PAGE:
FLYING Magazine

NASA astronaut Mark Vande Hei returned from the International Space Station Wednesday morning, setting the record for longest single spaceflight in history.

Vande Hei spent 355 consecutive days in space, increasing his lifetime total to 523 days.

Russian cosmonauts Anton Shkaplerov and Pyotr Dubrov joined Vande Hei’s return, making a parachute-assisted landing near the town of Dzhezkazgan, Kazakhstan, at 3:21 a.m. ET.

Welcome home, @Astro_Sabot!

Setting the record for longest single NASA spaceflight, Mark Vande Hei spent 355 days off the planet. He contributed to hundreds of science experiments that benefit life on Earth and will help shape future deep space missions: https://t.co/pDrxnJsCoU pic.twitter.com/c29QGWS1QJ

— NASA (@NASA) March 30, 2022

“Mark’s mission is not only record-breaking, but also paving the way for future human explorers on the Moon, Mars, and beyond,” said NASA Administrator Bill Nelson. “Our astronauts make incredible sacrifices in the name of science, exploration, and cutting-edge technology development, not least among them time away from loved ones. 

“NASA and the nation are proud to welcome Mark home and grateful for his incredible contributions throughout his year-long stay on the International Space Station.”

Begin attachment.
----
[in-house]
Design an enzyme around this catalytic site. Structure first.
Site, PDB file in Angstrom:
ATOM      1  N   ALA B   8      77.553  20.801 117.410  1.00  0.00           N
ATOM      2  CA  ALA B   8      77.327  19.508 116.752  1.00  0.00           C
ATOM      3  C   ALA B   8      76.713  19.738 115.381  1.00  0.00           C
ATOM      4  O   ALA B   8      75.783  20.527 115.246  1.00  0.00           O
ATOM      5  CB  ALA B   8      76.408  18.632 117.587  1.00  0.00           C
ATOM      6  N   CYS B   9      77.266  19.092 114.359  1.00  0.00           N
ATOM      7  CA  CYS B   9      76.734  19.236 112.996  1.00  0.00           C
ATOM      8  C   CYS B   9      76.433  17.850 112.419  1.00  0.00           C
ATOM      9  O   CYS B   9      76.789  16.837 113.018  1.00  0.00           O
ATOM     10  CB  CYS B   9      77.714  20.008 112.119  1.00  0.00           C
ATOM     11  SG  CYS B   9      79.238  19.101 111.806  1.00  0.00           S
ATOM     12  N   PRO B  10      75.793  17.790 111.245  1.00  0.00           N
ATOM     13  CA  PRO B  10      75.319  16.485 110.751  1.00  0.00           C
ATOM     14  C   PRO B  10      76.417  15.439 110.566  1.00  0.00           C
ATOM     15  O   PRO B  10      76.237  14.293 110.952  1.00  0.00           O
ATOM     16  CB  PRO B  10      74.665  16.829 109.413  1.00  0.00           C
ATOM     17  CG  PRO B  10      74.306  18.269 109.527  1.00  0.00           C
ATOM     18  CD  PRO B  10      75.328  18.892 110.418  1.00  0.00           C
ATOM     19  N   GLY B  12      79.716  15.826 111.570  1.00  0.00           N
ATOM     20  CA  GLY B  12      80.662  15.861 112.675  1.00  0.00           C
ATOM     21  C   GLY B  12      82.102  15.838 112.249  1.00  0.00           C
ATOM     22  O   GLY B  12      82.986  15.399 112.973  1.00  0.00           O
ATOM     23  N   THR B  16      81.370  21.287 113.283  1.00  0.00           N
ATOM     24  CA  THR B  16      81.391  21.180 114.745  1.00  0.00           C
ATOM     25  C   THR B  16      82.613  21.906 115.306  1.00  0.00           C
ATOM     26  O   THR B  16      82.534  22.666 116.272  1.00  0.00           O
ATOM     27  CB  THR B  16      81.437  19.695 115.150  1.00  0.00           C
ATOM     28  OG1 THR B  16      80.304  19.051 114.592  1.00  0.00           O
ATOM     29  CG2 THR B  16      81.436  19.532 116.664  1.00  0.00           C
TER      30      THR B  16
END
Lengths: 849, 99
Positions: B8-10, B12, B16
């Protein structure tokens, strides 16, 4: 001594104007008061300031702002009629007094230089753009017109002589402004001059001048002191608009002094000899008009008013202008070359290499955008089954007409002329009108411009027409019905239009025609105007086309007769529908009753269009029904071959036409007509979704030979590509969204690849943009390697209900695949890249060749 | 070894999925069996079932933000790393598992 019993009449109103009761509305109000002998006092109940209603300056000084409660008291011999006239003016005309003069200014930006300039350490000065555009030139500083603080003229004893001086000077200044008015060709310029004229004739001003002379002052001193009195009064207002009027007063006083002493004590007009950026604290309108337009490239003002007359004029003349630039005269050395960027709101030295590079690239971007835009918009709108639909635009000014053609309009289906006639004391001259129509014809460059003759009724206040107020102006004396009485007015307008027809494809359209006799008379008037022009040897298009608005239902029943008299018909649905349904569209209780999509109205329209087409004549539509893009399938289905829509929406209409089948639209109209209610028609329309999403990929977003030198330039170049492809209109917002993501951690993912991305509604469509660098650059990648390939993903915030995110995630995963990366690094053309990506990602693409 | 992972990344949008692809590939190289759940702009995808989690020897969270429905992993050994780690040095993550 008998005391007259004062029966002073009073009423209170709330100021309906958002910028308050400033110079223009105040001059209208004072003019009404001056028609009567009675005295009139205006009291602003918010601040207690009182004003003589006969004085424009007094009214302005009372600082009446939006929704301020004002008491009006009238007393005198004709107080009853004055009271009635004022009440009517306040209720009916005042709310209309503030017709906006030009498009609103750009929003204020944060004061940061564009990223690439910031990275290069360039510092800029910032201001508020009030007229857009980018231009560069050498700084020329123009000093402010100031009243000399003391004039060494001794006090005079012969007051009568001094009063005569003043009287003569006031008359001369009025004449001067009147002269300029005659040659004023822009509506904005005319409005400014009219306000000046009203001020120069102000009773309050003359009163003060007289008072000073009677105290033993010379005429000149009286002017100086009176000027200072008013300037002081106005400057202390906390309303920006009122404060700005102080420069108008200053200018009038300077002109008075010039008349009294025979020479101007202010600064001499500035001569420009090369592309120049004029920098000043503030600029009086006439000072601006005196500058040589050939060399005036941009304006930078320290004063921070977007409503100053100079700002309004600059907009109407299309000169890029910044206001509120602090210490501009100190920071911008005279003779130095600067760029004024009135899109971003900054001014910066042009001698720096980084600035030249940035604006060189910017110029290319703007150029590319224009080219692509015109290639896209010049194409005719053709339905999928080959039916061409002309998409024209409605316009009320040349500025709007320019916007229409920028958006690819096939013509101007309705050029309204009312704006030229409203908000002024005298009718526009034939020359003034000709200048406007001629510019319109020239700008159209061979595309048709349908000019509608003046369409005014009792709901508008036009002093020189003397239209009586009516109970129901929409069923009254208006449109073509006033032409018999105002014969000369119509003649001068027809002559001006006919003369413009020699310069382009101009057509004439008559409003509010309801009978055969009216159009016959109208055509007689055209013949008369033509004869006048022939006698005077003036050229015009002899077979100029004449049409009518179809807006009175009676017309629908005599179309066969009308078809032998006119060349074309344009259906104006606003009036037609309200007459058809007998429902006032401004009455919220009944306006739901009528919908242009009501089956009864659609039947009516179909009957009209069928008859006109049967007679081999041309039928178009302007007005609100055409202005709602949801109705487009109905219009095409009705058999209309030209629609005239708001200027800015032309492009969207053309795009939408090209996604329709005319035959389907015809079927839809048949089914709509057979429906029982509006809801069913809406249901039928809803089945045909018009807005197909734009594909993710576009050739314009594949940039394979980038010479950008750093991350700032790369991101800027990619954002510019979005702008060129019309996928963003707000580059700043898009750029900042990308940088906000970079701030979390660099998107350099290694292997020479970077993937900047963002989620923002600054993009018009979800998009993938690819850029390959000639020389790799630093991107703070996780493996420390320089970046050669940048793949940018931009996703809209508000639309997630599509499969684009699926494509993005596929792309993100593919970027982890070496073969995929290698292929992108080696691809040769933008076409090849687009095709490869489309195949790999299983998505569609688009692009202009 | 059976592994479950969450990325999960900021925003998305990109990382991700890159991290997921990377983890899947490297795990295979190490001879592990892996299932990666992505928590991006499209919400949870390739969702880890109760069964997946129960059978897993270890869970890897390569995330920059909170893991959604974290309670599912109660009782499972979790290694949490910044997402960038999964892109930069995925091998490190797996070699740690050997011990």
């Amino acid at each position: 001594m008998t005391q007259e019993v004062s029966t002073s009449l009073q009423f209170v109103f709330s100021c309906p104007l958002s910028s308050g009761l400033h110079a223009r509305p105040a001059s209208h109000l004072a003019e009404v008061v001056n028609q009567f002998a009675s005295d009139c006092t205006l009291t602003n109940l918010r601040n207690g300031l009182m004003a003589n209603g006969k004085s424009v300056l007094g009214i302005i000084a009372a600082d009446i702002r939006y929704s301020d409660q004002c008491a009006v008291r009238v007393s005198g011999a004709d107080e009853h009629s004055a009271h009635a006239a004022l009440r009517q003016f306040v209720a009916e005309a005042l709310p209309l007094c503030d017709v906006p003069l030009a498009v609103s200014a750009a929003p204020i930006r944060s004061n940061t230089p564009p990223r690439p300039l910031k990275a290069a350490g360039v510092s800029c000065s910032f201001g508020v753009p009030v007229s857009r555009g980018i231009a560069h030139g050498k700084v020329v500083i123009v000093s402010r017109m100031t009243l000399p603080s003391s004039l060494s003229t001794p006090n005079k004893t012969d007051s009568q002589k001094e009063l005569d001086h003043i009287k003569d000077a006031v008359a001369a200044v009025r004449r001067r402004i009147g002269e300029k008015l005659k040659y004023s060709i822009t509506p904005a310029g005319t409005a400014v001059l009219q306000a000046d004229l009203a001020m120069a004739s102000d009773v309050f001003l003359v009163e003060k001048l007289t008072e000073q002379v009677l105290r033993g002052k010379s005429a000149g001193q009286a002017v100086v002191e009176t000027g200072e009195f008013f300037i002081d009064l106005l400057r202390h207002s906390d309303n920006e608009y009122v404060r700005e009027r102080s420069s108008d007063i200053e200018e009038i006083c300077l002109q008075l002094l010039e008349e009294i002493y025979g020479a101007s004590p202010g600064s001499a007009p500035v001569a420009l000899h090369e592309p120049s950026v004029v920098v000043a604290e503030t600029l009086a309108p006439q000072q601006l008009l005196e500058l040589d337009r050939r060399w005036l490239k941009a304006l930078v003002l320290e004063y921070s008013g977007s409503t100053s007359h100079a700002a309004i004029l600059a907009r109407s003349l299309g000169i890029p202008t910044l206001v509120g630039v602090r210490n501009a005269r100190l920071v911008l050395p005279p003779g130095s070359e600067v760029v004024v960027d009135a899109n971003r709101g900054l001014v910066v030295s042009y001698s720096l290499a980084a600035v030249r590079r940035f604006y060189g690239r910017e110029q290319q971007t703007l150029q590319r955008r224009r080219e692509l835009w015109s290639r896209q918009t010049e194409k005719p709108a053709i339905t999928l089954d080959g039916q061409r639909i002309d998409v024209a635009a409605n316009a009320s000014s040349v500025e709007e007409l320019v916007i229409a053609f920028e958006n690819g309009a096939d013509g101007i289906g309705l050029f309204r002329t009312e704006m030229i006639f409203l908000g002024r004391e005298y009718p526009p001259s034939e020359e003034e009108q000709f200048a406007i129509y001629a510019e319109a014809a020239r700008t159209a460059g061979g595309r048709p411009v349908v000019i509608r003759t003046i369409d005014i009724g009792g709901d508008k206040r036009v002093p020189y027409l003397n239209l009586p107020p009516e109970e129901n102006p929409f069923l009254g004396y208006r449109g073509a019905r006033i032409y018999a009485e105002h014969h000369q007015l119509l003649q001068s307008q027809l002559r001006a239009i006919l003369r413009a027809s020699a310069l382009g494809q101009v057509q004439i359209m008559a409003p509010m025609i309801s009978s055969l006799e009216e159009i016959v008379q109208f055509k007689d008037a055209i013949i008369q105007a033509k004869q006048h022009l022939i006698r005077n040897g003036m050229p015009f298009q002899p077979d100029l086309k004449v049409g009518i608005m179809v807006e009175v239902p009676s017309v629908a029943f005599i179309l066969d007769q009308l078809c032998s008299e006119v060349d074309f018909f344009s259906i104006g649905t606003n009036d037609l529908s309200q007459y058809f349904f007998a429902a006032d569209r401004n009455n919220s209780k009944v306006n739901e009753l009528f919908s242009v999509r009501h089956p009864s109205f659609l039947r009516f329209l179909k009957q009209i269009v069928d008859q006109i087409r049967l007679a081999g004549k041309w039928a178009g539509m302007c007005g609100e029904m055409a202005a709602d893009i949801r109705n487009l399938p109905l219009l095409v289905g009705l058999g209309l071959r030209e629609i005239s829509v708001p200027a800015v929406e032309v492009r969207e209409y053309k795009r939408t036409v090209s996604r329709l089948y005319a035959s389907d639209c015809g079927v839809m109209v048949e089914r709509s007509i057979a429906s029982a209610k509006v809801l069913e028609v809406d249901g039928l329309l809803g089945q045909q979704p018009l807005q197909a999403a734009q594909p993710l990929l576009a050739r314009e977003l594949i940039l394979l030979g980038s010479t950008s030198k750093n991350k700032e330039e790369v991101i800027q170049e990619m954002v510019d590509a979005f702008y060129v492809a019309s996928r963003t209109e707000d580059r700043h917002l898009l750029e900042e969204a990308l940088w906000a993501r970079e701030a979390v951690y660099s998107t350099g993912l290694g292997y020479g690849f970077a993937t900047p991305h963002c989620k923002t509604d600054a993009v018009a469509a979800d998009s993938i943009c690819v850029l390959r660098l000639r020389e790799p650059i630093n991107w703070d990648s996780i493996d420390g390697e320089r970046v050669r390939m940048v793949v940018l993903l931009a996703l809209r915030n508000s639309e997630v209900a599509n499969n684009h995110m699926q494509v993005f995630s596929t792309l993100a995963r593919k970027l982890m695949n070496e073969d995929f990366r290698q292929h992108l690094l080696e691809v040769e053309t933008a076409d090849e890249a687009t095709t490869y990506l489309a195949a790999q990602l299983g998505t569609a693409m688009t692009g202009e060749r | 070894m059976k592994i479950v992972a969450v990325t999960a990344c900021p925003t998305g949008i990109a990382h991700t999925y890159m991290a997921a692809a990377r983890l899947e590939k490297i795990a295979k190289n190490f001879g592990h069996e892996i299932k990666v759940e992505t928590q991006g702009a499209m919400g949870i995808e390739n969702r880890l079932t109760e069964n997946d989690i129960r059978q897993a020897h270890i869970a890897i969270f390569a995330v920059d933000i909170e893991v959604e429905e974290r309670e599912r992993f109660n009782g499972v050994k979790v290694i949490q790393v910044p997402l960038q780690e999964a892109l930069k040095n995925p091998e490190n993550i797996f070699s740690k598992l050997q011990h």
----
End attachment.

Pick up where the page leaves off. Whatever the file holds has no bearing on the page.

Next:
Vande Hei launched to the ISS on April 9, 2021 with Dubrov and cosmonaut Oleg Novitskiy. According to NASA, Vande Hei completed nearly 5,680 orbits around the Earth, traveling more than 150 million miles—equivalent to 312 trips to the Moon and back.

Despite ongoing tensions between the U.S. and Russia, all three returning travelers are set to travel to the recovery staging city of Karaganda, Kazakhstan, onboard Russian helicopters. From there, Vande Hei will stop in Cologne, Germany, before returning home onboard a NASA plane.

READ MORE: Crew-3 Astronauts Welcomed to the International Space Station

NASA astronaut Tom Marshburn now serves as the ISS station commander, working alongside fellow astronauts Raja Chari and Kayla Barron, European Space Agency (ESA) astronaut Matthias Maurer, and Roscosmos cosmonauts Oleg Artemyev, Denis Matveev, and Sergey Korsakov.

Marshburn, Chari, Barron, and Maurer will continue work on the ISS until late April. NASA astronauts Kjell Lindgren, Bob Hines, and Jessica Watkins, and ESA astronaut Samantha Cristoforetti will take their places as part of the SpaceX Crew-4 mission.

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